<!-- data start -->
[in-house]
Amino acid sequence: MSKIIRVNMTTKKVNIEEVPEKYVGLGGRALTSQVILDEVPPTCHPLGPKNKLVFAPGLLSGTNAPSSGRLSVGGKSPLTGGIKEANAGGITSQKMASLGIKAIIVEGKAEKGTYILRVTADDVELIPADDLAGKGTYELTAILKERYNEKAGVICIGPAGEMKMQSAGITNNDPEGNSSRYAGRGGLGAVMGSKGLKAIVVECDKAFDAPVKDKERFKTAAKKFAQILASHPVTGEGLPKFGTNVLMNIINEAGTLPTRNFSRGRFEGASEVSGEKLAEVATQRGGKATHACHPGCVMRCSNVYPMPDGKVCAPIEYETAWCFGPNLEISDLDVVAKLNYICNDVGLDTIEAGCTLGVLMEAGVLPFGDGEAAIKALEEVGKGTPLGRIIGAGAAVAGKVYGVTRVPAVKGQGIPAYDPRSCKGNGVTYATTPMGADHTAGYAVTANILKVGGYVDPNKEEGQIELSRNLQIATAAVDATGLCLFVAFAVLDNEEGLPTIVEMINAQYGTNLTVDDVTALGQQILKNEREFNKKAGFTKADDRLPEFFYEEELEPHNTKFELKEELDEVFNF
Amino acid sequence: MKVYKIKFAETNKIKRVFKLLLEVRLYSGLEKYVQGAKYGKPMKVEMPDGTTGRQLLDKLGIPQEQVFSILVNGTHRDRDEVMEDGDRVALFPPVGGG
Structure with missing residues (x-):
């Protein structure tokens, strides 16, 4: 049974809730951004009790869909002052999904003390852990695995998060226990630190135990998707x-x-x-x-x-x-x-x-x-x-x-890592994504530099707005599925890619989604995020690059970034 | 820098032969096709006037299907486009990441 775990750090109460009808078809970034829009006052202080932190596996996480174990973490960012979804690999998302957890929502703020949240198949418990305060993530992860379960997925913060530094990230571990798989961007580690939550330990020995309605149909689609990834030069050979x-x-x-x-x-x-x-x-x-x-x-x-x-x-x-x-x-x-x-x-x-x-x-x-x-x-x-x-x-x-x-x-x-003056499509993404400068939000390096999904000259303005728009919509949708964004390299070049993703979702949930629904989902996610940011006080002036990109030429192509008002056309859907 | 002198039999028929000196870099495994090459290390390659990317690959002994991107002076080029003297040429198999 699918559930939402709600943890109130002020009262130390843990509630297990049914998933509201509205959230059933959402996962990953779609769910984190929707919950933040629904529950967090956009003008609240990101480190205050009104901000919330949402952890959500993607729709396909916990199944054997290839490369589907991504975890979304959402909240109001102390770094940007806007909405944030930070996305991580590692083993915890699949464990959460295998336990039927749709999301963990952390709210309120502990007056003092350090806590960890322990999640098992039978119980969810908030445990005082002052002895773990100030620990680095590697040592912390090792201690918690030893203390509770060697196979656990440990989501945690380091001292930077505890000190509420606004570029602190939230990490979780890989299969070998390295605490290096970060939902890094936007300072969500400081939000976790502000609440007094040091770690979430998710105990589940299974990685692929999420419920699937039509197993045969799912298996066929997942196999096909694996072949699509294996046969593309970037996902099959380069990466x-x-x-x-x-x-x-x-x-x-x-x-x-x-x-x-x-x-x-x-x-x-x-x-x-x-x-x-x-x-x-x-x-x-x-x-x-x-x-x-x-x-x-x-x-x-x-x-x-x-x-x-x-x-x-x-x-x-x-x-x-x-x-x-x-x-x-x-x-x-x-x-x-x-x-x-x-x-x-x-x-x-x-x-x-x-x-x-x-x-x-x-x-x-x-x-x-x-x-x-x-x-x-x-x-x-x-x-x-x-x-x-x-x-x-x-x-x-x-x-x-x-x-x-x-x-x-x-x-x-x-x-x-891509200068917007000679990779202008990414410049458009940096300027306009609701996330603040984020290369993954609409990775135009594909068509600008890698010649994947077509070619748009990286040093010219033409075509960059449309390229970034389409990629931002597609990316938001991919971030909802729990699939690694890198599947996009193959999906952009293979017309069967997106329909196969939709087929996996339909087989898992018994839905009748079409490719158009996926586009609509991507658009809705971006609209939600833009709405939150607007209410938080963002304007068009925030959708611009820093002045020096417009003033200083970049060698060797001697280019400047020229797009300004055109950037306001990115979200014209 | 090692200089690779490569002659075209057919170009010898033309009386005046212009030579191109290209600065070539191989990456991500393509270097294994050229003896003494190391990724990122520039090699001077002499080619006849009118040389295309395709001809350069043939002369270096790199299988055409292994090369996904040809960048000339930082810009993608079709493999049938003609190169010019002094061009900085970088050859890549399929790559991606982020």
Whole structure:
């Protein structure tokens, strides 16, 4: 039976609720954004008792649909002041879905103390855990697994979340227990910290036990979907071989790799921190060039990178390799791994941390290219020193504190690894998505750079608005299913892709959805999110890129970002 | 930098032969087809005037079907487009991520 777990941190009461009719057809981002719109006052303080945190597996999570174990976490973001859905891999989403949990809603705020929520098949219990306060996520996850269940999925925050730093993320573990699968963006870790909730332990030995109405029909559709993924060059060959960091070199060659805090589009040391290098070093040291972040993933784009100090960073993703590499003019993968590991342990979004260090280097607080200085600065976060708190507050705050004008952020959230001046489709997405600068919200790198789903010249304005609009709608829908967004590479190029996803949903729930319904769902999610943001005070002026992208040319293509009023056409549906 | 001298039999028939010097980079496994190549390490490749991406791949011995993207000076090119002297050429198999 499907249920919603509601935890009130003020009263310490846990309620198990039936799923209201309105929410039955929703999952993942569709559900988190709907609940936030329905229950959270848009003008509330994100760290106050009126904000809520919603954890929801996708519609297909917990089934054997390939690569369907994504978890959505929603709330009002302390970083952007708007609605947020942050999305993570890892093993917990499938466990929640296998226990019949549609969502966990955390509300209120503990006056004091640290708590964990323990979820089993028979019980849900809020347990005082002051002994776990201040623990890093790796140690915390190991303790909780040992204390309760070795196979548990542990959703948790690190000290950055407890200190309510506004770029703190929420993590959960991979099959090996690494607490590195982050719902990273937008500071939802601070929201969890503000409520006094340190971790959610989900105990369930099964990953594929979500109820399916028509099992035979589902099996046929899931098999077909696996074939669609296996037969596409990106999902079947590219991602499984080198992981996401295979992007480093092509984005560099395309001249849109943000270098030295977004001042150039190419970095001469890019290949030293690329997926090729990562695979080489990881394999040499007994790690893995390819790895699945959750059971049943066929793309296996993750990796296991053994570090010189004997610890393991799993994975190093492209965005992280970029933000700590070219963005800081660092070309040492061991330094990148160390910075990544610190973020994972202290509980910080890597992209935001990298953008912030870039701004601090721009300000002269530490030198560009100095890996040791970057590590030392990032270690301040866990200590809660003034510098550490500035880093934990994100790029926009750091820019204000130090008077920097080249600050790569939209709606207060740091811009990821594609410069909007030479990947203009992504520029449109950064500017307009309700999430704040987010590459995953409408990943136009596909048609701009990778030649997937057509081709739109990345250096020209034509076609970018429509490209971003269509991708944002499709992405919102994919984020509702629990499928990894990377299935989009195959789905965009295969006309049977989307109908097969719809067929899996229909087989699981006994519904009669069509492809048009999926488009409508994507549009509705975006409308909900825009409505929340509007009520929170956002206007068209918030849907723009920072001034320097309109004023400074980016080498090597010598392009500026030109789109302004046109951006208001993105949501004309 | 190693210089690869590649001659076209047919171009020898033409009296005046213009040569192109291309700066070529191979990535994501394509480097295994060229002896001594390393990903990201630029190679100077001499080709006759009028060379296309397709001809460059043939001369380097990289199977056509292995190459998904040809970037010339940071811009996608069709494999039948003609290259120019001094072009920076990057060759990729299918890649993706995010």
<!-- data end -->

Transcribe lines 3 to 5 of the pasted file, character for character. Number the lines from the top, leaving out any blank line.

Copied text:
Amino acid sequence: MKVYKIKFAETNKIKRVFKLLLEVRLYSGLEKYVQGAKYGKPMKVEMPDGTTGRQLLDKLGIPQEQVFSILVNGTHRDRDEVMEDGDRVALFPPVGGG
Structure with missing residues (x-):
């Protein structure tokens, strides 16, 4: 049974809730951004009790869909002052999904003390852990695995998060226990630190135990998707x-x-x-x-x-x-x-x-x-x-x-890592994504530099707005599925890619989604995020690059970034 | 820098032969096709006037299907486009990441 775990750090109460009808078809970034829009006052202080932190596996996480174990973490960012979804690999998302957890929502703020949240198949418990305060993530992860379960997925913060530094990230571990798989961007580690939550330990020995309605149909689609990834030069050979x-x-x-x-x-x-x-x-x-x-x-x-x-x-x-x-x-x-x-x-x-x-x-x-x-x-x-x-x-x-x-x-x-003056499509993404400068939000390096999904000259303005728009919509949708964004390299070049993703979702949930629904989902996610940011006080002036990109030429192509008002056309859907 | 002198039999028929000196870099495994090459290390390659990317690959002994991107002076080029003297040429198999 699918559930939402709600943890109130002020009262130390843990509630297990049914998933509201509205959230059933959402996962990953779609769910984190929707919950933040629904529950967090956009003008609240990101480190205050009104901000919330949402952890959500993607729709396909916990199944054997290839490369589907991504975890979304959402909240109001102390770094940007806007909405944030930070996305991580590692083993915890699949464990959460295998336990039927749709999301963990952390709210309120502990007056003092350090806590960890322990999640098992039978119980969810908030445990005082002052002895773990100030620990680095590697040592912390090792201690918690030893203390509770060697196979656990440990989501945690380091001292930077505890000190509420606004570029602190939230990490979780890989299969070998390295605490290096970060939902890094936007300072969500400081939000976790502000609440007094040091770690979430998710105990589940299974990685692929999420419920699937039509197993045969799912298996066929997942196999096909694996072949699509294996046969593309970037996902099959380069990466x-x-x-x-x-x-x-x-x-x-x-x-x-x-x-x-x-x-x-x-x-x-x-x-x-x-x-x-x-x-x-x-x-x-x-x-x-x-x-x-x-x-x-x-x-x-x-x-x-x-x-x-x-x-x-x-x-x-x-x-x-x-x-x-x-x-x-x-x-x-x-x-x-x-x-x-x-x-x-x-x-x-x-x-x-x-x-x-x-x-x-x-x-x-x-x-x-x-x-x-x-x-x-x-x-x-x-x-x-x-x-x-x-x-x-x-x-x-x-x-x-x-x-x-x-x-x-x-x-x-x-x-x-891509200068917007000679990779202008990414410049458009940096300027306009609701996330603040984020290369993954609409990775135009594909068509600008890698010649994947077509070619748009990286040093010219033409075509960059449309390229970034389409990629931002597609990316938001991919971030909802729990699939690694890198599947996009193959999906952009293979017309069967997106329909196969939709087929996996339909087989898992018994839905009748079409490719158009996926586009609509991507658009809705971006609209939600833009709405939150607007209410938080963002304007068009925030959708611009820093002045020096417009003033200083970049060698060797001697280019400047020229797009300004055109950037306001990115979200014209 | 090692200089690779490569002659075209057919170009010898033309009386005046212009030579191109290209600065070539191989990456991500393509270097294994050229003896003494190391990724990122520039090699001077002499080619006849009118040389295309395709001809350069043939002369270096790199299988055409292994090369996904040809960048000339930082810009993608079709493999049938003609190169010019002094061009900085970088050859890549399929790559991606982020």